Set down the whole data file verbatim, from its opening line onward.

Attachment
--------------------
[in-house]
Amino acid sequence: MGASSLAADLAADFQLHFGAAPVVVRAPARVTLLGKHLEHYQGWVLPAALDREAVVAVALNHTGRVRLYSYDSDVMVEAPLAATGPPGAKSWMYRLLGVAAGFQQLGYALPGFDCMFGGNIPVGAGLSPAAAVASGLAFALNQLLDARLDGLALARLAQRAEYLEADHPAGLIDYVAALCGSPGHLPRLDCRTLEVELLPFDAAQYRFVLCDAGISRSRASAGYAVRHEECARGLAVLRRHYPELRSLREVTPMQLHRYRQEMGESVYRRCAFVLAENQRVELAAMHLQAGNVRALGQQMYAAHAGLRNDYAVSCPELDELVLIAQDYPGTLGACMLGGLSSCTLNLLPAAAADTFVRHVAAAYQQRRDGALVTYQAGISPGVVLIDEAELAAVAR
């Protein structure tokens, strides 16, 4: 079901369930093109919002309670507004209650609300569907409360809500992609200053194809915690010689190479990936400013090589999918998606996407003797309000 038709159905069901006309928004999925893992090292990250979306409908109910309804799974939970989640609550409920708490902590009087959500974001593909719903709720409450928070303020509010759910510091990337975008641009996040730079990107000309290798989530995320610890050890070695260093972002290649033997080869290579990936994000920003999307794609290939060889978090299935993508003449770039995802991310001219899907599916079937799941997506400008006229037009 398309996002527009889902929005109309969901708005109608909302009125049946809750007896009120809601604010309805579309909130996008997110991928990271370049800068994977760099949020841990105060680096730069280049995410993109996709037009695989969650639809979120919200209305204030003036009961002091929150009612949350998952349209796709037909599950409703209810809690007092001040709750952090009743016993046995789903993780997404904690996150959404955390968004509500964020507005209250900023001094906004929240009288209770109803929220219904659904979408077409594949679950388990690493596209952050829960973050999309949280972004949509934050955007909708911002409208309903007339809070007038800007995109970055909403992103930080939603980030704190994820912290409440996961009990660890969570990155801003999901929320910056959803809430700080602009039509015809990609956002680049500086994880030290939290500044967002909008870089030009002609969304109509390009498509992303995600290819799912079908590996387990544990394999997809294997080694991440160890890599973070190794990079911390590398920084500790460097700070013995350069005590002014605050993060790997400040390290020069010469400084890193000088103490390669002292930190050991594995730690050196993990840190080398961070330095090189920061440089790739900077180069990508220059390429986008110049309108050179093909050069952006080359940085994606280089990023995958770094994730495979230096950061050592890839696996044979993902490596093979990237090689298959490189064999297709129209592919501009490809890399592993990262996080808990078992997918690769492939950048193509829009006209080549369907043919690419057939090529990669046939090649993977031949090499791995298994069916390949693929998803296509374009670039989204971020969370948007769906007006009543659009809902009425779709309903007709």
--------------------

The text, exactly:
[in-house]
Amino acid sequence: MGASSLAADLAADFQLHFGAAPVVVRAPARVTLLGKHLEHYQGWVLPAALDREAVVAVALNHTGRVRLYSYDSDVMVEAPLAATGPPGAKSWMYRLLGVAAGFQQLGYALPGFDCMFGGNIPVGAGLSPAAAVASGLAFALNQLLDARLDGLALARLAQRAEYLEADHPAGLIDYVAALCGSPGHLPRLDCRTLEVELLPFDAAQYRFVLCDAGISRSRASAGYAVRHEECARGLAVLRRHYPELRSLREVTPMQLHRYRQEMGESVYRRCAFVLAENQRVELAAMHLQAGNVRALGQQMYAAHAGLRNDYAVSCPELDELVLIAQDYPGTLGACMLGGLSSCTLNLLPAAAADTFVRHVAAAYQQRRDGALVTYQAGISPGVVLIDEAELAAVAR
């Protein structure tokens, strides 16, 4: 079901369930093109919002309670507004209650609300569907409360809500992609200053194809915690010689190479990936400013090589999918998606996407003797309000 038709159905069901006309928004999925893992090292990250979306409908109910309804799974939970989640609550409920708490902590009087959500974001593909719903709720409450928070303020509010759910510091990337975008641009996040730079990107000309290798989530995320610890050890070695260093972002290649033997080869290579990936994000920003999307794609290939060889978090299935993508003449770039995802991310001219899907599916079937799941997506400008006229037009 398309996002527009889902929005109309969901708005109608909302009125049946809750007896009120809601604010309805579309909130996008997110991928990271370049800068994977760099949020841990105060680096730069280049995410993109996709037009695989969650639809979120919200209305204030003036009961002091929150009612949350998952349209796709037909599950409703209810809690007092001040709750952090009743016993046995789903993780997404904690996150959404955390968004509500964020507005209250900023001094906004929240009288209770109803929220219904659904979408077409594949679950388990690493596209952050829960973050999309949280972004949509934050955007909708911002409208309903007339809070007038800007995109970055909403992103930080939603980030704190994820912290409440996961009990660890969570990155801003999901929320910056959803809430700080602009039509015809990609956002680049500086994880030290939290500044967002909008870089030009002609969304109509390009498509992303995600290819799912079908590996387990544990394999997809294997080694991440160890890599973070190794990079911390590398920084500790460097700070013995350069005590002014605050993060790997400040390290020069010469400084890193000088103490390669002292930190050991594995730690050196993990840190080398961070330095090189920061440089790739900077180069990508220059390429986008110049309108050179093909050069952006080359940085994606280089990023995958770094994730495979230096950061050592890839696996044979993902490596093979990237090689298959490189064999297709129209592919501009490809890399592993990262996080808990078992997918690769492939950048193509829009006209080549369907043919690419057939090529990669046939090649993977031949090499791995298994069916390949693929998803296509374009670039989204971020969370948007769906007006009543659009809902009425779709309903007709």